I've suggested (& published in 15 journal papers) a new theory called quantised inertia (or MiHsC) that assumes that inertia is caused by relativistic horizons damping quantum fields. It predicts galaxy rotation, cosmic acceleration & the emdrive without any dark stuff or adjustment.
My Plymouth University webpage is here, I've written a book called Physics from the Edge and I'm on twitter as @memcculloch

Saturday, 18 April 2015

Doubtful to the end

Aristotle said "The mark of an educated mind is to be able to entertain an idea without necessarily accepting it" and I'd say the mark of a health society is to be able to discuss any idea openly without censoring it. This applies to physics too. I developed MiHsC by looking at controversial data like the Pioneer anomaly (even more controversial now!) with an attitude of not necessarily accepting the anomaly, but just seeing whether it was explainable in a new way. As soon as you start either blindly believing in what you are doing, or on the other hand become too wary of what others think, you become sterile and lose the sense of curiosity or fun that is necessary to continue. I remember Feynman once felt he got himself out of a sterile hole by writing 'Disregard (others)' on his blackboard. In science, doubt and data are crucial.
This is a creeping problem in our society, in that avenues of exploration are being closed down and data is being ignored by people who feel they have the final answer. No-one has the final answer, and if someone ever claims to, speak calmly and run quickly! It's best to allow everyone's ideas to be debated openly, because you never know where a useful answer will come from. Look at physics: the first action-at-a-distance theory of gravity was inspired by Newton's obsession with alchemy, back then a dangerous and wrong-headed idea, but nevertheless stimulating. If a problem has been around for awhile, like galaxy rotation today, the answer never comes from an acceptable direction, because those have been tried already.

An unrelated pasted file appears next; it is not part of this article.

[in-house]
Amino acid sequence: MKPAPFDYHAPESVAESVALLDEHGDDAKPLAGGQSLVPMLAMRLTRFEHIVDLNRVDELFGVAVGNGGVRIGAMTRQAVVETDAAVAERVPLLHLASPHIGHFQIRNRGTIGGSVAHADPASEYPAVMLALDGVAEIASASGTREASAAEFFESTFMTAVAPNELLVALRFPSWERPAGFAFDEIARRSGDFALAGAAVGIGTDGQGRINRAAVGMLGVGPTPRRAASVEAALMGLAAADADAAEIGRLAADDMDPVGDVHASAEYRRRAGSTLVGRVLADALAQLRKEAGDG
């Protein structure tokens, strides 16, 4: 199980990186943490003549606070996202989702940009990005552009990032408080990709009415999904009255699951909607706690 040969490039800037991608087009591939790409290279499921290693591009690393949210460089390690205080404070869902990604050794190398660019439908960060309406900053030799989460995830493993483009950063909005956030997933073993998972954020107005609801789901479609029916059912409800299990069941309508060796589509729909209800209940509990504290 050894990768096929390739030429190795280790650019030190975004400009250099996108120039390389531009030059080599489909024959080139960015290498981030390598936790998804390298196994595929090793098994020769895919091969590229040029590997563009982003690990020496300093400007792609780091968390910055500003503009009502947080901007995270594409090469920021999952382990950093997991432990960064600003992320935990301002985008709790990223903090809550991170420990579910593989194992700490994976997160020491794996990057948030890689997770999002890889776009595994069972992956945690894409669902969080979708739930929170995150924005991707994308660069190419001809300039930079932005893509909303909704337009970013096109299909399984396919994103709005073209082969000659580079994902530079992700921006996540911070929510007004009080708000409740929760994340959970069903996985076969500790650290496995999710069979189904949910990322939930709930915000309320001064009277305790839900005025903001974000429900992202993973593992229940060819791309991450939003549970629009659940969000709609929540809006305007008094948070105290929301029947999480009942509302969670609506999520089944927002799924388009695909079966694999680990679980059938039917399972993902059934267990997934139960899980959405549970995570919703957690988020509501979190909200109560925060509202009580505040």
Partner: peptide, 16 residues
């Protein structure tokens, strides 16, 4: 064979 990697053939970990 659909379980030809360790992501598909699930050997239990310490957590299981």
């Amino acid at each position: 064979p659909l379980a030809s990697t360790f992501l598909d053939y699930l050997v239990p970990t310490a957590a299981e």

This is a quote (from Pais, 1982) that has intrigued me for years: 'Einstein wrote this to his old friend M. Besso, one year before his (E's) death: "I consider it quite possible that physics cannot be based on the field concept, ie: on continuous structures. In that case nothing remains of my entire castle in the air, gravitational theory included and the rest of modern physics".'. This shows that although Einstein's main thrust was in the opposite direction to me (from general relativity to quantum mechanics), he had a healthy doubtful attitude to the end, and occasionally considered non-continuum physics, eg: horizons, which MiHsC is based on.


Pais, A., 1982. Subtle is the Lord (see page 467).


Tim Goff said...

Long quote from 'Star Drive' at NSF tonight:

***Lastly, the Eagleworks Lab's next paper on the Q-V entitled "Dynamics of the Vacuum" will be out on the NASA NTRS internet servers just any day now. I've already provided this forum a one page abstract and introduction for this paper, but I need to agree with those that are saying that in the end analysis, the seat of all mater and space is nothing more than waves and various vortices AKA elementary particles in the Q-V. And we also think from our ongoing work that gravity is an emergent phenomenon that is nothing more than a Q-V flow field between other Q-V entities. So when the EM-Drive creates a thrust like phenomenon, what is really happening is that the EM-drive configuration is just setting up these Q-V flows via magneto-Hydro-Dynamics (MHD) like rules that translate into our 4D universe as space-time distortions or differential gravity gradients surrounding the drive.***

Sounds almost like an echo of your theory.

He also included a nifty multicolored chart I can't make heads nor tails of.

Mike McCulloch said...

Hm. What they're proposing uses the zpf, but not Unruh radiation & not horizon-quantisation, so it is very different from MiHsC (& too contrived in my view). I'll say more when their paper comes out on NSF..